Sign up for our newsletter
[imgcontainer] [img:Screen+Shot+2014-07-30+at+9.20.13+AM.jpg] [source]SOURCE: CDC/NCHS, National Hospital Discharge Survey, 2010[/source] Age distribution of hospitalized rural residents, by hospital location: United States, 2010. More than half (51%) of rural patients admitted to rural hospitals were aged 65 or older. For rural patients who were admitted to urban hospitals, that figure was about a third. [/imgcontainer]
About 40% of the rural population “bypasses” rural hospitals to get their inpatient treatment at urban facilities, a report from the National Center for Health Statistics shows.
Patients from rural America who were treated at rural hospitals tend to be older and on Medicare, the report says. And they tend to be patients who do not receive surgery or other procedures.
The patient load of rural hospitals is one factor in a growing crisis in rural healthcare, which has seen an increasing number of hospital closures.
The report said 6.1 million rural residents were hospitalized in 2010. About 3.7 million of these patients received their care in a rural hospital. The remaining 2.4 million rural hospital patients were admitted to urban institutions.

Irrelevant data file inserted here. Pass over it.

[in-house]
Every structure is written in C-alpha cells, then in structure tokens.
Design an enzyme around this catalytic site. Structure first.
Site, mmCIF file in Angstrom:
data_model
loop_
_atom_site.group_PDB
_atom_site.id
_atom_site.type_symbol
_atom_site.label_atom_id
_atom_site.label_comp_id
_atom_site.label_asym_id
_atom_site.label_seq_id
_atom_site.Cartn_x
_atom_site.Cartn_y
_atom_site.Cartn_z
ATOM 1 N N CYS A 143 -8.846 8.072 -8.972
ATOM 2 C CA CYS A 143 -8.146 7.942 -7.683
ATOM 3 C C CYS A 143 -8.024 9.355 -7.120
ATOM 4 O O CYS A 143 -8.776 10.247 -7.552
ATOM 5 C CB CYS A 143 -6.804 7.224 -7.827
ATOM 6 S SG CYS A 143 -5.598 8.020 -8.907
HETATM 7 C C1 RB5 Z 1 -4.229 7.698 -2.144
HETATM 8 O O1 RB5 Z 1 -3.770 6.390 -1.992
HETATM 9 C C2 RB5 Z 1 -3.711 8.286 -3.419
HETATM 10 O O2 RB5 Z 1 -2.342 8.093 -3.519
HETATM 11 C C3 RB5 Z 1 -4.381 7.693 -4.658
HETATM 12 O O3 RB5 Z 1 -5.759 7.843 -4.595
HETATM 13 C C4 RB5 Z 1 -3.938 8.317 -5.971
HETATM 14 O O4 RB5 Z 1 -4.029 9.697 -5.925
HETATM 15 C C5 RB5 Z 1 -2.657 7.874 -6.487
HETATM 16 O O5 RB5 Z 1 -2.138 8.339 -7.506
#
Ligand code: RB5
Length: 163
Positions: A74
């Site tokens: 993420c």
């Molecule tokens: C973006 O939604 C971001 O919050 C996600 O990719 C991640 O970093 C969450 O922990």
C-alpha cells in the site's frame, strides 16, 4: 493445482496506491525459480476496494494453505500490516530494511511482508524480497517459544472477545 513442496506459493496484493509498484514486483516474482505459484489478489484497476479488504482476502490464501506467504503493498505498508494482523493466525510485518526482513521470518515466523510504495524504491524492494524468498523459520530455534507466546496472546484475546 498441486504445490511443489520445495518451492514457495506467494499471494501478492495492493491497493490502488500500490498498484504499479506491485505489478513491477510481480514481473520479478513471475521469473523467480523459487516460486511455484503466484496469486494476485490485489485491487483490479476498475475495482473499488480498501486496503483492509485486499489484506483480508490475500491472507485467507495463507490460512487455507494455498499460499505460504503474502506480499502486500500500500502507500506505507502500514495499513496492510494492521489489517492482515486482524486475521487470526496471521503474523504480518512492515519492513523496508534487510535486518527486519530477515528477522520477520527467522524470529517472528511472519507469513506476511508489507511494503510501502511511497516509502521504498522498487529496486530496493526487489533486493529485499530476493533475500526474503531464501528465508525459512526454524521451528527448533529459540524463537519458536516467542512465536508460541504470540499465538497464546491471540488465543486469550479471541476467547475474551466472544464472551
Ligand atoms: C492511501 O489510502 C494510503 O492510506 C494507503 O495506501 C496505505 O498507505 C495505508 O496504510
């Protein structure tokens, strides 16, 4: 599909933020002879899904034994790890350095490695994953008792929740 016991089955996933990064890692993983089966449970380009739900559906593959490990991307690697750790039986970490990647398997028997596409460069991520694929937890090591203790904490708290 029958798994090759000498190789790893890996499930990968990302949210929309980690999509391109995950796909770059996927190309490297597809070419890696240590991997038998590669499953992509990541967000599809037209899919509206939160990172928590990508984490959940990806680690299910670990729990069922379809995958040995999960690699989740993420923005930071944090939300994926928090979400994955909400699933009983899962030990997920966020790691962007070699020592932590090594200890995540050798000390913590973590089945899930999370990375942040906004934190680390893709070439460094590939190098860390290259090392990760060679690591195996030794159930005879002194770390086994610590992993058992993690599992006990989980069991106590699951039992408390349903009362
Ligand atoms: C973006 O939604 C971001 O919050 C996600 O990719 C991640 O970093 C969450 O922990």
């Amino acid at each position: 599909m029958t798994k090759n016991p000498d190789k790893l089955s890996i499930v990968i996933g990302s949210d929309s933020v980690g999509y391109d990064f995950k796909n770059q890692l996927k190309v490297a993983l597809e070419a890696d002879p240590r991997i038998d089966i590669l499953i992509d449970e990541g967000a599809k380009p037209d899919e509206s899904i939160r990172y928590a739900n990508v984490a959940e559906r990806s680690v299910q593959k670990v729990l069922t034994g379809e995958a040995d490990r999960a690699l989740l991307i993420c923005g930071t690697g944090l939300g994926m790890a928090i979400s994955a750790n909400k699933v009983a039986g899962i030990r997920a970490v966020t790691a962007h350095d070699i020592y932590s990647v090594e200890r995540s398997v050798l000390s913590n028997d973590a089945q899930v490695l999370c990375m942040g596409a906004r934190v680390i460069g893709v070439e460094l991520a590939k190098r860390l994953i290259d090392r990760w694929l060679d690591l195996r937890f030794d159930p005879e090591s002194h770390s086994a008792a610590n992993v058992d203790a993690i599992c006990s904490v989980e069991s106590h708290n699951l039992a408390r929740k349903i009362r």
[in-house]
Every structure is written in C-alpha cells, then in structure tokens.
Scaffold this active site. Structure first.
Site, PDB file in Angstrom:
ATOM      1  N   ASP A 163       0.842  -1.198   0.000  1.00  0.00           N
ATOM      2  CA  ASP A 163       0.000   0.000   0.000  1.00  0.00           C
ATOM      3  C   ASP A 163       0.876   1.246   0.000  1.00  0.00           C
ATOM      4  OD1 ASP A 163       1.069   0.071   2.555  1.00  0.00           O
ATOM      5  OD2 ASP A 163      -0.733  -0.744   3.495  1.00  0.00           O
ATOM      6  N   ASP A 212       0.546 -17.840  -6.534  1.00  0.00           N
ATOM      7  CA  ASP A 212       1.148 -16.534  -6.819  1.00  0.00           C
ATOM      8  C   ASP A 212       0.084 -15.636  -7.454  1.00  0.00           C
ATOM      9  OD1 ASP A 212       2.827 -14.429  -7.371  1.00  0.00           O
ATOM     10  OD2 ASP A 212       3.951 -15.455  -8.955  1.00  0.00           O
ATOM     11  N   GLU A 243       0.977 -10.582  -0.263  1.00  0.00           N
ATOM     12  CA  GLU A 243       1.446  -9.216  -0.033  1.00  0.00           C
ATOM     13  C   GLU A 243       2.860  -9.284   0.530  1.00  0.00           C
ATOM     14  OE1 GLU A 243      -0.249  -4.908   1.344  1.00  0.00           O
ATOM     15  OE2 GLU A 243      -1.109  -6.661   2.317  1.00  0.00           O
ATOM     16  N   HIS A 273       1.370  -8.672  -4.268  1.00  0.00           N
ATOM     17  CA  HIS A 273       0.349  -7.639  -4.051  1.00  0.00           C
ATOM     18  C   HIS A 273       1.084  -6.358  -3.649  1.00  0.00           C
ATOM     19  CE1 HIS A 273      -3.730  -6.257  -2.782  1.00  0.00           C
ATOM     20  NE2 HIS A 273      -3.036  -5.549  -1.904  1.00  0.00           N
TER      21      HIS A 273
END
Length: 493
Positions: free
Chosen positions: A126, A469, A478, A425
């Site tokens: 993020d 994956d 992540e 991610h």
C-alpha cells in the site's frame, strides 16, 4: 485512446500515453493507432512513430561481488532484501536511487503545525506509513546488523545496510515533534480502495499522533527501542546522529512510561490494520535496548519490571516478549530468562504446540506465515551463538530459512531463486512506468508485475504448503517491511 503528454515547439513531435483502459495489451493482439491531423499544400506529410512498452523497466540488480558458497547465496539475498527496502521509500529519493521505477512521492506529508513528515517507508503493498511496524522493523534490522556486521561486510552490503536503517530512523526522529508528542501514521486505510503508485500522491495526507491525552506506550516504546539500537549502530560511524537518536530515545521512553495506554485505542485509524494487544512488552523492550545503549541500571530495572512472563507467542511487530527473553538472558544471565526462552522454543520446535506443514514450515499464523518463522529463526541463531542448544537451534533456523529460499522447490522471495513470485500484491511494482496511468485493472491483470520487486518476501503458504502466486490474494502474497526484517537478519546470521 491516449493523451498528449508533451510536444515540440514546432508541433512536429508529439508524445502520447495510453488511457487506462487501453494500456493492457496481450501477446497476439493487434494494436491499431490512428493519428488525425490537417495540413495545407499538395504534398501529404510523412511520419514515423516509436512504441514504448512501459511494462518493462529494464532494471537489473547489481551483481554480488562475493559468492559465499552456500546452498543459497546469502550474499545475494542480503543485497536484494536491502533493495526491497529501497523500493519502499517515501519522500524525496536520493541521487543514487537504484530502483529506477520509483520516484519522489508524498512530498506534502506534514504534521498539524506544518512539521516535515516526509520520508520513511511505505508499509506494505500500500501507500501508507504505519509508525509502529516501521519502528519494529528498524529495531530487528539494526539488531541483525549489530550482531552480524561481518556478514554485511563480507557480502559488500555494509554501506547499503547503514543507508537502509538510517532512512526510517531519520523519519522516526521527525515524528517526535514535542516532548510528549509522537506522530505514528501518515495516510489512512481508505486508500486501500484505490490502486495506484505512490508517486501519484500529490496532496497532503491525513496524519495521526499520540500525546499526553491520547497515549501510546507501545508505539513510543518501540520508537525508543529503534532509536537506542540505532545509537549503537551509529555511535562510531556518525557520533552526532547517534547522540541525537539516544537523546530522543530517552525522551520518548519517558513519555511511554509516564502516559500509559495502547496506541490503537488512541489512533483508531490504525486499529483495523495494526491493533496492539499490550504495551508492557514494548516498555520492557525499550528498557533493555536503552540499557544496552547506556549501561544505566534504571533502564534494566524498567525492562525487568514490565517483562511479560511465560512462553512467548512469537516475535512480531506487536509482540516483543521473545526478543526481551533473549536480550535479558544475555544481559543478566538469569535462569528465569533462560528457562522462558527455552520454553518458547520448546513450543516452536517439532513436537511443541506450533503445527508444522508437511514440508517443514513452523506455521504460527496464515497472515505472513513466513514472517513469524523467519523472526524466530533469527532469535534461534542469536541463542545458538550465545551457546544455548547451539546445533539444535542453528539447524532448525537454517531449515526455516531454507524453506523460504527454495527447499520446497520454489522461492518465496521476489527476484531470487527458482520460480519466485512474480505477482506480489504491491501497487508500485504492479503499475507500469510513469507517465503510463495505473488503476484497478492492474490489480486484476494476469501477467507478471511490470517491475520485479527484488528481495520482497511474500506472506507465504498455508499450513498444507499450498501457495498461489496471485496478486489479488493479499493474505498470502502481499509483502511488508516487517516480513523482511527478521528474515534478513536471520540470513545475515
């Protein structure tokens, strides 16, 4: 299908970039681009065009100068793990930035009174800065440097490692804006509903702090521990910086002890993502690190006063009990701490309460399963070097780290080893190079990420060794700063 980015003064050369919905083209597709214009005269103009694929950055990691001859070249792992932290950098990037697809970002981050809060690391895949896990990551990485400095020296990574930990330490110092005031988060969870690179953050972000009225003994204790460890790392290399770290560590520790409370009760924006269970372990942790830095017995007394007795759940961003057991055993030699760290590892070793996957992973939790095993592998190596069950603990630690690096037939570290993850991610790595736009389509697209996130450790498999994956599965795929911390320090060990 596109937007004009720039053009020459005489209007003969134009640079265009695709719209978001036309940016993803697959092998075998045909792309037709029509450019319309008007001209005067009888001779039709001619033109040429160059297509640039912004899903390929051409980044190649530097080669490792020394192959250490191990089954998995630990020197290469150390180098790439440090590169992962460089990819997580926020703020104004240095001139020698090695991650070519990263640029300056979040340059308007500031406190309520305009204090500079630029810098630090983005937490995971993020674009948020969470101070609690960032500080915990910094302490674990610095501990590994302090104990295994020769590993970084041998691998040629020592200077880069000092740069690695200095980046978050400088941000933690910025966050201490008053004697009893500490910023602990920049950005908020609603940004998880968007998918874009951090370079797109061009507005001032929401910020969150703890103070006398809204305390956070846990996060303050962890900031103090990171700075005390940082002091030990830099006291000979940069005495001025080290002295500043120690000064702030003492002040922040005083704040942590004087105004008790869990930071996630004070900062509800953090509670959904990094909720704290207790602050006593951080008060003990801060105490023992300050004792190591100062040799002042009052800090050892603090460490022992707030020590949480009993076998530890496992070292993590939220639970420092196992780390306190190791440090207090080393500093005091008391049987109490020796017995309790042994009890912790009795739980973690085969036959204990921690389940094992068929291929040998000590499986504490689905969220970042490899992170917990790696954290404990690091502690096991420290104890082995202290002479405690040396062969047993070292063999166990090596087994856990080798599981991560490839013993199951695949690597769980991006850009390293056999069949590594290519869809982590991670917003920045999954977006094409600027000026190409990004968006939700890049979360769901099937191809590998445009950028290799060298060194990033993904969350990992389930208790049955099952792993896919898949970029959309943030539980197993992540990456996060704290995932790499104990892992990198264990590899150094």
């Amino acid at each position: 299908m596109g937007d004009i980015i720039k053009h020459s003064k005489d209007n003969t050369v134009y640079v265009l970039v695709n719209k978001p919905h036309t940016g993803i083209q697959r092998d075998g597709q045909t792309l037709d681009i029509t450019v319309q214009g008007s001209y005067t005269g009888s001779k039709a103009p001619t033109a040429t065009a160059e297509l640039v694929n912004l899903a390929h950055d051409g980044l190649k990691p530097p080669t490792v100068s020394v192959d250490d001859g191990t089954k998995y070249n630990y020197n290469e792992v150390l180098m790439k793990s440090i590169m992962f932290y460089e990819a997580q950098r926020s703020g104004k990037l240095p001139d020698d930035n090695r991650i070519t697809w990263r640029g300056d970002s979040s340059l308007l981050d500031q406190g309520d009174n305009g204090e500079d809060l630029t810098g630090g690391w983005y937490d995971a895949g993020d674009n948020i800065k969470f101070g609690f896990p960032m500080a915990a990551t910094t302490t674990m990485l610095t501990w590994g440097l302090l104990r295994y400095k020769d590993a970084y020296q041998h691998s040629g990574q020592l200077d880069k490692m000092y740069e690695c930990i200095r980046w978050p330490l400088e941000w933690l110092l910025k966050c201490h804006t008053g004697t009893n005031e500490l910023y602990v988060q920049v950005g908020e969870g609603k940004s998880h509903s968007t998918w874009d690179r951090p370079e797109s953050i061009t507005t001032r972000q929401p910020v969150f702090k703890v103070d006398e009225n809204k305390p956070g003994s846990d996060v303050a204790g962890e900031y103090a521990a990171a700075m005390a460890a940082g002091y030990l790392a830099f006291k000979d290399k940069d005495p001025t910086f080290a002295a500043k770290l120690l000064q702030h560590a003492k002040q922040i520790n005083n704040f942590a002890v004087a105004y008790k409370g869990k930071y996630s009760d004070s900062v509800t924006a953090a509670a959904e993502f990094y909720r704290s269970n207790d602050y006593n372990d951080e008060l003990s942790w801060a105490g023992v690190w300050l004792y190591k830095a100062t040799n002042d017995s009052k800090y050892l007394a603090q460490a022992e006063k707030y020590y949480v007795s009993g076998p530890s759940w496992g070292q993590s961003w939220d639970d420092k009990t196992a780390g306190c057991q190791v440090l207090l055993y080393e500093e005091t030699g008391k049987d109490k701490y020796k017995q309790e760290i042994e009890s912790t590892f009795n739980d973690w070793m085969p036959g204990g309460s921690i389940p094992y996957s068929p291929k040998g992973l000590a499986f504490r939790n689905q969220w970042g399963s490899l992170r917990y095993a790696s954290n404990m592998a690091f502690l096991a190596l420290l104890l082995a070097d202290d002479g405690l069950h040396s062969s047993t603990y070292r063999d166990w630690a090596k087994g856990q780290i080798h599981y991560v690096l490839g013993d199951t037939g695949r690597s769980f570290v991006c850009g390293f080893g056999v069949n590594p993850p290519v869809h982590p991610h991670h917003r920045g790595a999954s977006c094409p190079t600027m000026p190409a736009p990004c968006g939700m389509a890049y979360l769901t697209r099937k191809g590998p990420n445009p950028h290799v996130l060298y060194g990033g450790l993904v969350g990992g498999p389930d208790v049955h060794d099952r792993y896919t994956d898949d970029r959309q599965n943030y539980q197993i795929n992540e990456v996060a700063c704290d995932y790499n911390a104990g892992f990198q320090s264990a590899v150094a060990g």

More than half of the rural patients admitted to rural hospitals were aged 65 and older. Only about third of rural patients who went to urban hospitals were aged 65 and up.
“Prior research has shown that patients in this age group were less likely to leave rural areas for their hospitalization due, in part, to the barriers imposed by traveling to urban areas, and to their preference for remaining closer to home,” the report said.
[imgcontainer] [img:Screen+Shot+2014-07-30+at+9.20.37+AM.jpg] [source]SOURCE: CDC/NCHS, National Hospital Discharge Survey, 2010[/source] Number of procedures received by hospitalized rural residents, by hospital location: United States, 2010. Rural patients who were admitted to urban hospitals tended to have far more procedures and surgeries than rural patients who stayed in rural hospitals. About two-thirds of rural patients in rural hospitals had no procedures at all. [/imgcontainer]
The study found major differences in the number of procedures that patients received. Only about a third of rural patients who stayed at rural hospitals received a surgical or nonsurgical procedure. About three-fourths of rural patients who went to urban hospitals received such procedures.
Rural residents who were admitted to in urban hospitals were three times as likely to have three or more procedures as rural residents who were admitted to a rural hospital.
The report said rural patients who needed tests and procedures may have been more likely to transfer to urban hospitals that have more equipment and specialists.
The study found no difference in the death rate (2%) of rural patients admitted to rural or urban.